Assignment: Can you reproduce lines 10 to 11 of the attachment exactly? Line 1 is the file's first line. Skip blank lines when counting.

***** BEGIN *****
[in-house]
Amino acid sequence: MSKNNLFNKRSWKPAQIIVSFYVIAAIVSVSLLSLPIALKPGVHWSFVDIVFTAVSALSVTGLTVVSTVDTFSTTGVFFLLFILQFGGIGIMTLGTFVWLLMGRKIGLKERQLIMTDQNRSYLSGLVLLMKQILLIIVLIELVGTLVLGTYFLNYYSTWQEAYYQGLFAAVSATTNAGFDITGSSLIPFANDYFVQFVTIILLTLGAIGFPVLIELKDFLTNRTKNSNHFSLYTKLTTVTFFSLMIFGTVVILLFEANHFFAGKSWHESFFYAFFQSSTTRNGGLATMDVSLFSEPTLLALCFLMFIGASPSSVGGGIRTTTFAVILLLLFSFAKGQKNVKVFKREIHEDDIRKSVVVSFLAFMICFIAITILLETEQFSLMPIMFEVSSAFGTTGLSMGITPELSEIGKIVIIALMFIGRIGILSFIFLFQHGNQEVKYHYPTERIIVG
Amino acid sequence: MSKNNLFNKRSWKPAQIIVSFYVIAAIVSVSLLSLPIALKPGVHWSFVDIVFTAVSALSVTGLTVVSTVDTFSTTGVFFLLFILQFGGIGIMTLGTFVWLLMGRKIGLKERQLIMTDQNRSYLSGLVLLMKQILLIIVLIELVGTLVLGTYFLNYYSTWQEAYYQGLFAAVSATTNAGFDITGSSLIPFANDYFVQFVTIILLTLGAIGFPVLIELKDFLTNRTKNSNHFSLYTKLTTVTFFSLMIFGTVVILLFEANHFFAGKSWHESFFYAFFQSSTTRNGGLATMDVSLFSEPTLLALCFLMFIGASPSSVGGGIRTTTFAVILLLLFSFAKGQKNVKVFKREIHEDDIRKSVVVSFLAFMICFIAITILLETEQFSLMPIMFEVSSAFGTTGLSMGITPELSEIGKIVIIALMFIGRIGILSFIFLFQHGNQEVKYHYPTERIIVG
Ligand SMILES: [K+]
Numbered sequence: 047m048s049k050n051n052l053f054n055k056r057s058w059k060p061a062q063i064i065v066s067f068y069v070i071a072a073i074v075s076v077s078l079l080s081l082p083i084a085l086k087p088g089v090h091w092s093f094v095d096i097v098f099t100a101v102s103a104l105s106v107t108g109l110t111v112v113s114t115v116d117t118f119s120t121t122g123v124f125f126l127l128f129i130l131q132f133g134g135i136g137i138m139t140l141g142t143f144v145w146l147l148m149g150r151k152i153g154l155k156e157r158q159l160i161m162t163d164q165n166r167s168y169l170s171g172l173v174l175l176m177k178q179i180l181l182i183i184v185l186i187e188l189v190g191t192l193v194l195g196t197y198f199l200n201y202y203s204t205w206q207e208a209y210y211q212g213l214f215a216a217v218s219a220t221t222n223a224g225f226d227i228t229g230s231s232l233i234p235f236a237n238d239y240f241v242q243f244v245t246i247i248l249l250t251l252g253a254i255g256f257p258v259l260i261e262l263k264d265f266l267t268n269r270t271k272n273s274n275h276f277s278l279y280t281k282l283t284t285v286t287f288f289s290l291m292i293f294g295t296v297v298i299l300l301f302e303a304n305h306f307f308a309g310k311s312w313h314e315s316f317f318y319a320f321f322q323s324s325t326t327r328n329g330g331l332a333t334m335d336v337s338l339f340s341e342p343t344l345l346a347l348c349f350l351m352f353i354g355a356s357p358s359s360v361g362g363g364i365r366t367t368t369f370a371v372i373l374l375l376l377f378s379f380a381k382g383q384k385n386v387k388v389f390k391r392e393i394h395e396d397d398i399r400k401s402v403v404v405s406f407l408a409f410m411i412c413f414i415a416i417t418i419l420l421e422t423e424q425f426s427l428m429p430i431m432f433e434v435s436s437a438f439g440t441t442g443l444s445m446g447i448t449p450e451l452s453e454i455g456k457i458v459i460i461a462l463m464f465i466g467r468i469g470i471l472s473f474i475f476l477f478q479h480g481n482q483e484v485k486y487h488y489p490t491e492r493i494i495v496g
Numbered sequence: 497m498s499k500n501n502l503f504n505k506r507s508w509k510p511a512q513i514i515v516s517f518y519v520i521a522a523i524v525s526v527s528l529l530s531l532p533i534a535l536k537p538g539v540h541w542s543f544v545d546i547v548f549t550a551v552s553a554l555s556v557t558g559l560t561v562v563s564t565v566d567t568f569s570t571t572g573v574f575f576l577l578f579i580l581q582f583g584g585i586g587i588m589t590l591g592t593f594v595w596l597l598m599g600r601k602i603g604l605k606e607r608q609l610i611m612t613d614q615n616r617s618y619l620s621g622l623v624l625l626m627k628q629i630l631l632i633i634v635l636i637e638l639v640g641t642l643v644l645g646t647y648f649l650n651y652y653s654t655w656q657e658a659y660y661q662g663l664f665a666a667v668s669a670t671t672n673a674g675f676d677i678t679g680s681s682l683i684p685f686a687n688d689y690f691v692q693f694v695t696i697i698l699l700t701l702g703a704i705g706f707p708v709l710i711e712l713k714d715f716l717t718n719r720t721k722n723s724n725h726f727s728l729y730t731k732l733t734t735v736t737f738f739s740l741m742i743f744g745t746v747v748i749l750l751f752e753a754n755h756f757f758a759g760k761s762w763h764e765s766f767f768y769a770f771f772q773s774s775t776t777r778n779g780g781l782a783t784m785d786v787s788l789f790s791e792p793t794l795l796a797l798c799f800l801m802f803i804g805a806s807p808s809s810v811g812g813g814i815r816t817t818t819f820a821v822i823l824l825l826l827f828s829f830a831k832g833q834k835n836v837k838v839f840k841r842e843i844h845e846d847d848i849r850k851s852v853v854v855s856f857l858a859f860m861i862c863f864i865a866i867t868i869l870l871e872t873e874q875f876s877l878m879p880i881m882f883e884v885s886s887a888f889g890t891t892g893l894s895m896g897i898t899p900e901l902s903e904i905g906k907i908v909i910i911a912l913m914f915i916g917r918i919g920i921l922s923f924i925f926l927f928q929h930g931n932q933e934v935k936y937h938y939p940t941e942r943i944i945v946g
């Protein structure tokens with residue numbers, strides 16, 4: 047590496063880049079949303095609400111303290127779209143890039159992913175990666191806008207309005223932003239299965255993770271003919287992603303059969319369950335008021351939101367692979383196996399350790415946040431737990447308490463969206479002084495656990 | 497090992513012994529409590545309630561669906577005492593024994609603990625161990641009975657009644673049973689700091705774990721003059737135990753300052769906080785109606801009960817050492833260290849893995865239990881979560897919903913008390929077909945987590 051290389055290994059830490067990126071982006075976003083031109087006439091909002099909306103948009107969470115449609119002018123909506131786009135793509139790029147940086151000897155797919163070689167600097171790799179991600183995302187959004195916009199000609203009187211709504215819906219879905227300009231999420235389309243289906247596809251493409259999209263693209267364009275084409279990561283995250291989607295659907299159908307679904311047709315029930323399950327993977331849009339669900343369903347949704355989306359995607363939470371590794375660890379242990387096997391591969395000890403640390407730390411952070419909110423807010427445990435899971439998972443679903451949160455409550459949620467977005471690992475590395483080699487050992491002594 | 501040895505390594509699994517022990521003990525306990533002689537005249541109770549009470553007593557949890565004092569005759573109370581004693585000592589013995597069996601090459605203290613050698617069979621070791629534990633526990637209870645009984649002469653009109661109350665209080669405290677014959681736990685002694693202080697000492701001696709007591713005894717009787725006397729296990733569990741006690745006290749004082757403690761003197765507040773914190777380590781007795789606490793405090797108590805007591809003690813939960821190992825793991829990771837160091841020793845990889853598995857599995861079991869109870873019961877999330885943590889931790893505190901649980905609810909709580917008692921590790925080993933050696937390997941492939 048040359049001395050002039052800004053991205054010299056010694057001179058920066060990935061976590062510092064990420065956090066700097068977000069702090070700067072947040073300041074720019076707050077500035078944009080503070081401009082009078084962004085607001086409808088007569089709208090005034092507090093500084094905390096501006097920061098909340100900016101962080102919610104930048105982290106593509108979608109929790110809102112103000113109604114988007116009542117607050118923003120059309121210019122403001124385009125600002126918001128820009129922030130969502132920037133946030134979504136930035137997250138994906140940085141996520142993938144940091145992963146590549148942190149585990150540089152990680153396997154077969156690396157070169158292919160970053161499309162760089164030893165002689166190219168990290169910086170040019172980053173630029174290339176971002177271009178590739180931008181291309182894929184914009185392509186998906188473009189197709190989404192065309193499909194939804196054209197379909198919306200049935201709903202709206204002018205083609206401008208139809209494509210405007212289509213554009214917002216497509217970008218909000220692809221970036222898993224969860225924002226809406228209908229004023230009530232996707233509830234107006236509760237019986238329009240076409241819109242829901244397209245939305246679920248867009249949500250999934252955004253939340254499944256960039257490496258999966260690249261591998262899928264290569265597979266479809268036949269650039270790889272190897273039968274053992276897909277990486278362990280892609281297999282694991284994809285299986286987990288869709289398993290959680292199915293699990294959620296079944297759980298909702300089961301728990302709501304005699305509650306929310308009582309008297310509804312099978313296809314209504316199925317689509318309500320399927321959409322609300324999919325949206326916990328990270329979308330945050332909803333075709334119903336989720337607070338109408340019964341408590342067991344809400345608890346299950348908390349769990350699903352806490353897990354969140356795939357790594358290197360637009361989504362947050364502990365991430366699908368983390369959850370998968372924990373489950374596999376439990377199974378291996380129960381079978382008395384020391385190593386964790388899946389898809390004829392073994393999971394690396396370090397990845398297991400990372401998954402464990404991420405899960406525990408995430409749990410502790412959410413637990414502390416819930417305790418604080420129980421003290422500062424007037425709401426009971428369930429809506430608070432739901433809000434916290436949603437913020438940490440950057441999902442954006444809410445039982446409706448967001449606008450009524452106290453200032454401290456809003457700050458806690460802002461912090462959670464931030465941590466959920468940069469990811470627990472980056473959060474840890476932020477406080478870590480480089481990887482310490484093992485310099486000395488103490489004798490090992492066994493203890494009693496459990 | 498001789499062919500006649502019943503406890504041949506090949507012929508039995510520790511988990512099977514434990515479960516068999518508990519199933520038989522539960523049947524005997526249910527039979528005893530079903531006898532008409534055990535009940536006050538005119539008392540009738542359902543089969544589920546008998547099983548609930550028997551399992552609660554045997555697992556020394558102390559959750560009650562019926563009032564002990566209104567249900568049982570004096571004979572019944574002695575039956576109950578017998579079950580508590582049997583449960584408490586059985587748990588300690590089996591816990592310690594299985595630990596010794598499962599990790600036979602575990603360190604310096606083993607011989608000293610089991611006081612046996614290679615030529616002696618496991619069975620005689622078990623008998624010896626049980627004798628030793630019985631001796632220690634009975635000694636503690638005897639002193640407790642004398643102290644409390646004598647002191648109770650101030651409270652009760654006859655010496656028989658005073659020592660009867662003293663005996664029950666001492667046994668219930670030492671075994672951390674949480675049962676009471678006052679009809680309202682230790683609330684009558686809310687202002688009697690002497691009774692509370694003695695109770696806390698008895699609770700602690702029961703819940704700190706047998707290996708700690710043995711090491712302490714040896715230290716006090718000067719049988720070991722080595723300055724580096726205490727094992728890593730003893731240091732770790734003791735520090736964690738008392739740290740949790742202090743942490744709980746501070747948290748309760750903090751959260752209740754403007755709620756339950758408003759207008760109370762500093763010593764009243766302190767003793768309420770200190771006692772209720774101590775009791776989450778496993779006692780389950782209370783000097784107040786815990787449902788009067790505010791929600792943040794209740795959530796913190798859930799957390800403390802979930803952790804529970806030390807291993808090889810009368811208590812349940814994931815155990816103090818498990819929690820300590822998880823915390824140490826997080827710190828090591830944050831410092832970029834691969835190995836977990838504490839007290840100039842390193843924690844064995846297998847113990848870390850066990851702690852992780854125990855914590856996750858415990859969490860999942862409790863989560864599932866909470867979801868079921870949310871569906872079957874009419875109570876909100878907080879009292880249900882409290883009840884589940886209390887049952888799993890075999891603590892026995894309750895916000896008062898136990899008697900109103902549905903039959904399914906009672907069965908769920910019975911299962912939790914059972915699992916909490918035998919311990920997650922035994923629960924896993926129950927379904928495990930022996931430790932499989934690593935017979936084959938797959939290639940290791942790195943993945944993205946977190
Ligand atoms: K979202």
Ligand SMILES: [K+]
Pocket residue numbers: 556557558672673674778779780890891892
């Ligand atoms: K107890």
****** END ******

Pocket residue numbers: 556557558672673674778779780890891892
């Ligand atoms: K107890």